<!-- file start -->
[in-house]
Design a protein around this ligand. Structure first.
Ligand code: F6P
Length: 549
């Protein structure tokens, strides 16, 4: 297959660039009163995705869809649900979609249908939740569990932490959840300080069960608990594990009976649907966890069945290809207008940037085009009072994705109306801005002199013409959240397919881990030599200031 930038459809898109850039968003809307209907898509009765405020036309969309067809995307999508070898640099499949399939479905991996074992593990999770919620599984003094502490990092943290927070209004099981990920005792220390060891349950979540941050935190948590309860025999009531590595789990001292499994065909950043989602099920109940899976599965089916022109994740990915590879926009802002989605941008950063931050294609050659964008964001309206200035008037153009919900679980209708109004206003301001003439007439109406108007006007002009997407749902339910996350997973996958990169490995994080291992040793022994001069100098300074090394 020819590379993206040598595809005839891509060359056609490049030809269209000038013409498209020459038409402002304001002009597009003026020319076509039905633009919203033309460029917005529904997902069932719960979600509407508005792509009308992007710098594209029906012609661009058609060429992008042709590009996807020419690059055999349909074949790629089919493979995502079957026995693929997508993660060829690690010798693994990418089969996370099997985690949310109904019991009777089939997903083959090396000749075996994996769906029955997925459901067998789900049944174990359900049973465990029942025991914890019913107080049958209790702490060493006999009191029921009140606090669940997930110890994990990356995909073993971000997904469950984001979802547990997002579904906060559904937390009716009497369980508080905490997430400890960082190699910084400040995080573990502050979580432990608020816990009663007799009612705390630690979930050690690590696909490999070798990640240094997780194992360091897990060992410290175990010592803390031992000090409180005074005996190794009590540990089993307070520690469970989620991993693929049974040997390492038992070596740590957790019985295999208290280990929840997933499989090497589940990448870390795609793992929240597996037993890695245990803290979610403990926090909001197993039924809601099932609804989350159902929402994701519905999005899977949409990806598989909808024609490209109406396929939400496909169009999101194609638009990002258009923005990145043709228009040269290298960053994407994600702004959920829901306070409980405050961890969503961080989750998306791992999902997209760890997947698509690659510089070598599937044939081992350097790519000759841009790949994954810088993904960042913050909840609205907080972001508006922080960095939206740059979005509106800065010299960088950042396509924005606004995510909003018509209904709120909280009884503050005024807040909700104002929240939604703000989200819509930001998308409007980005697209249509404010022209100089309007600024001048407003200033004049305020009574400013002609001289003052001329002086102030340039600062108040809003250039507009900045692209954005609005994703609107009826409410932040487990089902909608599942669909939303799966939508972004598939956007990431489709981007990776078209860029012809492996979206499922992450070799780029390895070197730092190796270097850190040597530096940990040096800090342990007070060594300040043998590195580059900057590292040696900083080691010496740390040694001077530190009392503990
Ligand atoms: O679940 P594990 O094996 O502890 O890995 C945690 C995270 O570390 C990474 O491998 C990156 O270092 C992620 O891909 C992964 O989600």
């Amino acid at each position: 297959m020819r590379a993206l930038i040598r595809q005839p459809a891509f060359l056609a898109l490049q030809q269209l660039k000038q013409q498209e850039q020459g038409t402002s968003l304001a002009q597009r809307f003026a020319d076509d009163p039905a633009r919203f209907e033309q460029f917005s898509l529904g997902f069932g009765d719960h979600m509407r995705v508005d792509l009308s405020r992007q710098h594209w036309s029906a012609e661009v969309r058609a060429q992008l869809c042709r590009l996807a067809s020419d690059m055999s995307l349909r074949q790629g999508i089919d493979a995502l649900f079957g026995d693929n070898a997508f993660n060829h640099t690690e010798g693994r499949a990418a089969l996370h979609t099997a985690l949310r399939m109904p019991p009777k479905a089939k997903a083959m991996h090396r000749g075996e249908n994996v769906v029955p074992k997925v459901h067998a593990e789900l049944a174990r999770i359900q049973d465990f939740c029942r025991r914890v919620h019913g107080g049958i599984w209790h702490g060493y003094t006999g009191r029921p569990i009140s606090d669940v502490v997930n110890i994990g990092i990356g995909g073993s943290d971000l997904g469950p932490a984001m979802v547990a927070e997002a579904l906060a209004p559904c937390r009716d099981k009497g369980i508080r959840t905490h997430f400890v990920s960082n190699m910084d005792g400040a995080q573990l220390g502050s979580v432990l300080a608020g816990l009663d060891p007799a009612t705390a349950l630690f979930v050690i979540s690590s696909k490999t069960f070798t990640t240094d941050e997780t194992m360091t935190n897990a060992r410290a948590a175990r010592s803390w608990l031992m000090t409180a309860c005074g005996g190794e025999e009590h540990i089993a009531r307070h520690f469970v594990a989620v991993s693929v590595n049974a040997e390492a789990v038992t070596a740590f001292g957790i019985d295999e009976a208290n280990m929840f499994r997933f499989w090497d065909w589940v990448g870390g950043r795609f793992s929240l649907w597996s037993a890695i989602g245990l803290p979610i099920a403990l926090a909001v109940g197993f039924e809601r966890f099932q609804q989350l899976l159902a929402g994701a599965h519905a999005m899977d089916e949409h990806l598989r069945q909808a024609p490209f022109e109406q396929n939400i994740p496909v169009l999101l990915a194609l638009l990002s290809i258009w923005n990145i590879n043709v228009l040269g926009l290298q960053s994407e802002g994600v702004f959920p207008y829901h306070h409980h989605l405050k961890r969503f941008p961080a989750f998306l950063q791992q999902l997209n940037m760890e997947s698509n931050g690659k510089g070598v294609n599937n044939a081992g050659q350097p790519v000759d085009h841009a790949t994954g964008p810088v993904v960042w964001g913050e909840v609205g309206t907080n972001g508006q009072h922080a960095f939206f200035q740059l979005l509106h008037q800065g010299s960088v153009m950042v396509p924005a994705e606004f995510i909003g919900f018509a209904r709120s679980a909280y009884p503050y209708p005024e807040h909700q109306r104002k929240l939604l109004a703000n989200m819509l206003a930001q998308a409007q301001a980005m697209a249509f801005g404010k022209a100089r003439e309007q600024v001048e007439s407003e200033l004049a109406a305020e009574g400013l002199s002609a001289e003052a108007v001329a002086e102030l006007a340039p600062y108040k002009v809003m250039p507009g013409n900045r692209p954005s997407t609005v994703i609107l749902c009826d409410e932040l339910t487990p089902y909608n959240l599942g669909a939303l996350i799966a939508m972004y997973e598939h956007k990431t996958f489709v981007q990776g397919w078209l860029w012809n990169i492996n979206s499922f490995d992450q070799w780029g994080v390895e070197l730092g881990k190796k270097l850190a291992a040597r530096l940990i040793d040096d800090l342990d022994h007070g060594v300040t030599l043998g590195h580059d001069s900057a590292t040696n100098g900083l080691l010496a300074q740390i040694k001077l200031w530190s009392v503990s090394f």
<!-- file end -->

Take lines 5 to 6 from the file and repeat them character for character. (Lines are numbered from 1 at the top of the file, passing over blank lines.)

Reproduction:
């Protein structure tokens, strides 16, 4: 297959660039009163995705869809649900979609249908939740569990932490959840300080069960608990594990009976649907966890069945290809207008940037085009009072994705109306801005002199013409959240397919881990030599200031 930038459809898109850039968003809307209907898509009765405020036309969309067809995307999508070898640099499949399939479905991996074992593990999770919620599984003094502490990092943290927070209004099981990920005792220390060891349950979540941050935190948590309860025999009531590595789990001292499994065909950043989602099920109940899976599965089916022109994740990915590879926009802002989605941008950063931050294609050659964008964001309206200035008037153009919900679980209708109004206003301001003439007439109406108007006007002009997407749902339910996350997973996958990169490995994080291992040793022994001069100098300074090394 020819590379993206040598595809005839891509060359056609490049030809269209000038013409498209020459038409402002304001002009597009003026020319076509039905633009919203033309460029917005529904997902069932719960979600509407508005792509009308992007710098594209029906012609661009058609060429992008042709590009996807020419690059055999349909074949790629089919493979995502079957026995693929997508993660060829690690010798693994990418089969996370099997985690949310109904019991009777089939997903083959090396000749075996994996769906029955997925459901067998789900049944174990359900049973465990029942025991914890019913107080049958209790702490060493006999009191029921009140606090669940997930110890994990990356995909073993971000997904469950984001979802547990997002579904906060559904937390009716009497369980508080905490997430400890960082190699910084400040995080573990502050979580432990608020816990009663007799009612705390630690979930050690690590696909490999070798990640240094997780194992360091897990060992410290175990010592803390031992000090409180005074005996190794009590540990089993307070520690469970989620991993693929049974040997390492038992070596740590957790019985295999208290280990929840997933499989090497589940990448870390795609793992929240597996037993890695245990803290979610403990926090909001197993039924809601099932609804989350159902929402994701519905999005899977949409990806598989909808024609490209109406396929939400496909169009999101194609638009990002258009923005990145043709228009040269290298960053994407994600702004959920829901306070409980405050961890969503961080989750998306791992999902997209760890997947698509690659510089070598599937044939081992350097790519000759841009790949994954810088993904960042913050909840609205907080972001508006922080960095939206740059979005509106800065010299960088950042396509924005606004995510909003018509209904709120909280009884503050005024807040909700104002929240939604703000989200819509930001998308409007980005697209249509404010022209100089309007600024001048407003200033004049305020009574400013002609001289003052001329002086102030340039600062108040809003250039507009900045692209954005609005994703609107009826409410932040487990089902909608599942669909939303799966939508972004598939956007990431489709981007990776078209860029012809492996979206499922992450070799780029390895070197730092190796270097850190040597530096940990040096800090342990007070060594300040043998590195580059900057590292040696900083080691010496740390040694001077530190009392503990
Ligand atoms: O679940 P594990 O094996 O502890 O890995 C945690 C995270 O570390 C990474 O491998 C990156 O270092 C992620 O891909 C992964 O989600």